Changing very little in the last 500 million years, the velvet worm is a peculiar predator with 180 known species described to date. These odd creatures spend their time in the tropics, in Australia and in New Zealand. They are among the most rare of all rainforest animals. These critters may be slow but they are very adept and amazing hunters with a cool secret weapon. Velvet worms are proof that you don’t have to be big or scary to be a predator.
First the Stats…
Scientific name: Udeonychophora
Length: Up to 8 inches
Lifespan: Up to 6 years
Now on to the Facts!
1.) Velvet worms have what is called a hydrostatic skeleton. This means that they have fluid-filled body cavities, covered with a thin skin which is kept hardened by pressurized internal fluids.
2.) These worms have velvety, waterproof skin.
3.) The papillae (tiny protrusions with bristles) are very sensitive to touch and smell.
4.) Velvet worms can have up to 43 pairs of feet! Each foot has a chitin claw that helps them move about more sturdily.
5.) As soon as their prey is captured, the velvet worm will find a soft spot. The worm then uses its large, curved fangs, made of inner and outer fang sets to tear its victim to shreds.
But wait, there’s more on the velvet worm!
6.) Just like insects they breathe through tiny holes in their body called tracheae. Unlike insects, they aren’t able to close these openings so they are subject to drying out. Hence they stay in moist vegetation.
7.) Some species are pack hunters that use a complex social organization and even group hierarchy, ruled by a matriarch.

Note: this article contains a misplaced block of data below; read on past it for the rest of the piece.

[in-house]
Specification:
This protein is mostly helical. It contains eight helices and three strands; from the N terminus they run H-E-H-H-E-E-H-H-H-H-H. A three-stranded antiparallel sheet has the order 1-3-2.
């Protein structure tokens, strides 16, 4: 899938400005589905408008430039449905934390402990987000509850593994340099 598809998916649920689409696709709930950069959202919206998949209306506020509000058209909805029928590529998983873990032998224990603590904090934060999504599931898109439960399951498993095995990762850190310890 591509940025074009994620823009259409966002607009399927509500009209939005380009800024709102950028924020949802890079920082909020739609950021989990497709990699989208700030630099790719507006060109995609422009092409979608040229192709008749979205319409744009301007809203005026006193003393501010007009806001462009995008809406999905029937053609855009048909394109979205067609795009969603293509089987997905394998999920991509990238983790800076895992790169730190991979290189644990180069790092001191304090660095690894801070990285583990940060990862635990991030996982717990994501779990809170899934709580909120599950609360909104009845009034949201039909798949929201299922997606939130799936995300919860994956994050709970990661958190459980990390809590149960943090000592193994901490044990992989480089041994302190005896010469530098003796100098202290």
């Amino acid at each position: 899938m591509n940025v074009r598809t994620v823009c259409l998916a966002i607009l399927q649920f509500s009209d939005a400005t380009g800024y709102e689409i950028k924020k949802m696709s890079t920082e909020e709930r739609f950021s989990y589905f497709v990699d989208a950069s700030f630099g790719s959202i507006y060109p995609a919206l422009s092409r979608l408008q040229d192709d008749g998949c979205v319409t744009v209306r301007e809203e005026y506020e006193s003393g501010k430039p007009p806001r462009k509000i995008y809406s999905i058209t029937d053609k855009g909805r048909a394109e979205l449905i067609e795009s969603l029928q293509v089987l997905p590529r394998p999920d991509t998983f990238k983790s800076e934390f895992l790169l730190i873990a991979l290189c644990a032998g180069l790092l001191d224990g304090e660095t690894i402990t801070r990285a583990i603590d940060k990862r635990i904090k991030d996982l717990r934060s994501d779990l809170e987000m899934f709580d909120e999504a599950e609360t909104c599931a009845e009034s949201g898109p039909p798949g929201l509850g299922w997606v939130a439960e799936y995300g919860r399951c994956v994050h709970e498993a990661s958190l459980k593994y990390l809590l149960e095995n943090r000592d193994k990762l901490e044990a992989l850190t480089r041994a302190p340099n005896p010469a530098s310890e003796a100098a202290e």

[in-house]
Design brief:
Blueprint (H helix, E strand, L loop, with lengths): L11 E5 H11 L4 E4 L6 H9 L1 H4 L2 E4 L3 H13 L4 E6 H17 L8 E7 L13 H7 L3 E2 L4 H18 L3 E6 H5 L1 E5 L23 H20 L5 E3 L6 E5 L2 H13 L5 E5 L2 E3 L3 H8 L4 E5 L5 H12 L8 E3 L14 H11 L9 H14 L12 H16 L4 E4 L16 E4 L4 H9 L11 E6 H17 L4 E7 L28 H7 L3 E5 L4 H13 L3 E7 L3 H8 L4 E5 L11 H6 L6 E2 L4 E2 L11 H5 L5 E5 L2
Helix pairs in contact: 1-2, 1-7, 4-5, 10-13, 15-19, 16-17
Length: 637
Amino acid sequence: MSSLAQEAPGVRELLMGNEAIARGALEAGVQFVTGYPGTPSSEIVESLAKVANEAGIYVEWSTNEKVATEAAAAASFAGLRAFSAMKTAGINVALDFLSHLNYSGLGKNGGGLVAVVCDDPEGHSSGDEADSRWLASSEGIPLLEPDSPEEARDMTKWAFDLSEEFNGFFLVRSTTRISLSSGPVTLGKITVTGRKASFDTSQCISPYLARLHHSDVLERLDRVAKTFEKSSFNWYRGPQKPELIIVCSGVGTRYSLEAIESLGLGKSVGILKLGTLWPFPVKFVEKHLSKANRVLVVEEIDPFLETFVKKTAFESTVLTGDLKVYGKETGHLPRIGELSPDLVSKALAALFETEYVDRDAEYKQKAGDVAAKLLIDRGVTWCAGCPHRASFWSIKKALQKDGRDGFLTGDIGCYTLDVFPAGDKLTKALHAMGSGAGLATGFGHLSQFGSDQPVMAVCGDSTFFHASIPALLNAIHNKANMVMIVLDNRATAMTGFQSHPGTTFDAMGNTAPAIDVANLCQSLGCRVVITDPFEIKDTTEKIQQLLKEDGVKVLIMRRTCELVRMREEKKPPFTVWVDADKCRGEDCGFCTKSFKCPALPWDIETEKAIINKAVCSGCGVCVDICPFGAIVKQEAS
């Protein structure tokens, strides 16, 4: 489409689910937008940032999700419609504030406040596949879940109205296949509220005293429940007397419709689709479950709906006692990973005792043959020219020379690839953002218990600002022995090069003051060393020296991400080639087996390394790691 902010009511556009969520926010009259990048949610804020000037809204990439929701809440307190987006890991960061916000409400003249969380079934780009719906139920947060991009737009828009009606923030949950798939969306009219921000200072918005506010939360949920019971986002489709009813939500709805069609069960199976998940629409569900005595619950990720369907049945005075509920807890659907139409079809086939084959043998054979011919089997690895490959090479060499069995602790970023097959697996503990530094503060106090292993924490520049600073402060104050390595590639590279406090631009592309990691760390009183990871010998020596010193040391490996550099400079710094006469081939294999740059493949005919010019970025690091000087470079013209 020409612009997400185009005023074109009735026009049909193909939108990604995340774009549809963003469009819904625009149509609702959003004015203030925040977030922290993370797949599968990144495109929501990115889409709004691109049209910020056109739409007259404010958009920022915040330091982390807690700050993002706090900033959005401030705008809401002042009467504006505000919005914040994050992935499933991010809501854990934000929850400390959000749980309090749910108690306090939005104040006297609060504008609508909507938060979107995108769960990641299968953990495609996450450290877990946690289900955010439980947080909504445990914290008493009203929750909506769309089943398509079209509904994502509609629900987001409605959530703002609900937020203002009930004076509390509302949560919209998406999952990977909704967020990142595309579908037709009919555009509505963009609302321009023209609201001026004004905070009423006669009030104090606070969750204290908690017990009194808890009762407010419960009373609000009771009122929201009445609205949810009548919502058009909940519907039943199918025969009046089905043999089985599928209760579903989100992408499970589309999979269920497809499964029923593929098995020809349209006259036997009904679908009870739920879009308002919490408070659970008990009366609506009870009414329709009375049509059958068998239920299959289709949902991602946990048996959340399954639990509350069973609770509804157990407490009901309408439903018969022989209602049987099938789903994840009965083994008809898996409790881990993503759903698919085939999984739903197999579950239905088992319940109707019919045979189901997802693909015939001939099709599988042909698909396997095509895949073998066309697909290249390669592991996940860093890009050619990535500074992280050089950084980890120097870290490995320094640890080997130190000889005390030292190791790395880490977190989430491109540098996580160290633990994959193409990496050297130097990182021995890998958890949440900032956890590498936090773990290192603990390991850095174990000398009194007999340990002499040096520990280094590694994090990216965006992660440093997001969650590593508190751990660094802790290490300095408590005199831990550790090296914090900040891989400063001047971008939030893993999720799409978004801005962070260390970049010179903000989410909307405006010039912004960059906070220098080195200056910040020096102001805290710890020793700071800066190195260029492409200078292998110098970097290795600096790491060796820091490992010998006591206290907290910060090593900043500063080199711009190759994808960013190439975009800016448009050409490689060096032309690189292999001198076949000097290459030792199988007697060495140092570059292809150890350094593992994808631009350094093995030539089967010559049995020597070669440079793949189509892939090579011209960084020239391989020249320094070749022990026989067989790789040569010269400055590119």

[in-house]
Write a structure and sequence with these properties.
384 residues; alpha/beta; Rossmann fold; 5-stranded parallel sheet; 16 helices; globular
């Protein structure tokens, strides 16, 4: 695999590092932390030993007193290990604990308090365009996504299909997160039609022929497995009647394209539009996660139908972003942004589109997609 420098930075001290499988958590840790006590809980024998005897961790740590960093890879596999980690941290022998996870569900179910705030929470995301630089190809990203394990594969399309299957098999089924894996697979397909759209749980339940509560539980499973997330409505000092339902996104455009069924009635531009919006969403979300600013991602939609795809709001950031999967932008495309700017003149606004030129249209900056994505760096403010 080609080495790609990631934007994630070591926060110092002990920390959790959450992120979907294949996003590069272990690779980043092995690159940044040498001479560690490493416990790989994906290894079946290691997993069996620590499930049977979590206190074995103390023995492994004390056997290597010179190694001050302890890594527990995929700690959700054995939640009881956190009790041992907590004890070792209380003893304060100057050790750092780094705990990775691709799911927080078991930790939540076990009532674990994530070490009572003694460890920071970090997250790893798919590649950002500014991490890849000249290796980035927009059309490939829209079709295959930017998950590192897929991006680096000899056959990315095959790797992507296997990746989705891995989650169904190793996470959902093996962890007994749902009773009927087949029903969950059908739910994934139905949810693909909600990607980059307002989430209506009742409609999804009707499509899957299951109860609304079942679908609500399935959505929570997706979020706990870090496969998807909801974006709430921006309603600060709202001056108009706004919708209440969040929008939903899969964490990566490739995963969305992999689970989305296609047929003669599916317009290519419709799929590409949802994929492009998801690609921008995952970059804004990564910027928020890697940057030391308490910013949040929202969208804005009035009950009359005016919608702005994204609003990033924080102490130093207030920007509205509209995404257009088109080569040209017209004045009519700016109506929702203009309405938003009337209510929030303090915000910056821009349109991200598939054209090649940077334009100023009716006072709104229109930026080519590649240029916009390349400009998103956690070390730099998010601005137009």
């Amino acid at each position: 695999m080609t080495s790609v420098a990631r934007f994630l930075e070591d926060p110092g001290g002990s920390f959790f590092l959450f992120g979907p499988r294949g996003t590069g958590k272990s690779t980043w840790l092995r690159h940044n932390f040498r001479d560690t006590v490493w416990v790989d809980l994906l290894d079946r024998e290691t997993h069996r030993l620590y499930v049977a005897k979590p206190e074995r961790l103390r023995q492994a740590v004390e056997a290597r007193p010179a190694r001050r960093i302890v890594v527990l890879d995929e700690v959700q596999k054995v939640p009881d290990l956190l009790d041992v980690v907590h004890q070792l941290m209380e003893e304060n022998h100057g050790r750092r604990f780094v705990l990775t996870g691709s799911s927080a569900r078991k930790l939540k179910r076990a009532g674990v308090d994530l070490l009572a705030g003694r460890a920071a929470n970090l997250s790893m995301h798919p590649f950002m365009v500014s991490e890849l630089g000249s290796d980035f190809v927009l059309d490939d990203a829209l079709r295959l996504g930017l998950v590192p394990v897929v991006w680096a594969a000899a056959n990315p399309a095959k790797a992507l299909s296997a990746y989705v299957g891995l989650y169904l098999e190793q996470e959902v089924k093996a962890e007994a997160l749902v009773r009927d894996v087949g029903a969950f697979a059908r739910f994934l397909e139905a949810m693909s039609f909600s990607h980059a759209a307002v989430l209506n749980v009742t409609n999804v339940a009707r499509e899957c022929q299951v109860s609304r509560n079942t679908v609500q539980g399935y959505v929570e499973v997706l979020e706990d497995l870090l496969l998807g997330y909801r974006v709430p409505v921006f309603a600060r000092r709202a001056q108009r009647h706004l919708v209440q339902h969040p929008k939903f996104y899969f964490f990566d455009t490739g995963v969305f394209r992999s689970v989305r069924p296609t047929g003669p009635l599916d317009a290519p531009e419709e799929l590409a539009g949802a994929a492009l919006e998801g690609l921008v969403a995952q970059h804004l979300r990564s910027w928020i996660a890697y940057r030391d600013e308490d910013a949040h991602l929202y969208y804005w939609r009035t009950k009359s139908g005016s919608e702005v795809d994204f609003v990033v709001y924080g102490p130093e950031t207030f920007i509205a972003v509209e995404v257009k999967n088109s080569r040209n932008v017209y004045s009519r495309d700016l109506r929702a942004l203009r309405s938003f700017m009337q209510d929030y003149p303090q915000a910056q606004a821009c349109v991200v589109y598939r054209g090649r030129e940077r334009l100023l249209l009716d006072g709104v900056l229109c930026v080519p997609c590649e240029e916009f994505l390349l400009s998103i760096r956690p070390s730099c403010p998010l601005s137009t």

Did you know…?
As a cool attack, they will shoot out a sticky goo that immobilizes their prey. The slime is ejected via muscular contractions and shot out of their 2 front legs, aka oral tubes. They can shoot this slime up to a foot or more away. The slime quickly hardens, the prey is trapped, and dinner is served.
8.) These worms use antennae to brush against their prospective prey. They pick up signals that indicate size, nutritional value, and the potential for danger.
9.) In some species, males deposit sperm packets on the female, who then absorbs the packets with a special enzyme. This leaves a burn mark on the skin of the female. The packets are absorbed into the bloodstream and delivered to their final destination.
10.) Other species go as far as to clone themselves, without the need of insemination.
But wait, there’s still more on the velvet worm!
11.) Females can also go through delayed implantation (a delay in egg fertilization).
12.) Most give birth to live young. Some lay eggs. The juveniles are born looking just like miniature adults.
13.) Velvet worms are nocturnal (active at night).
Now a Short Velvet Worm Video!
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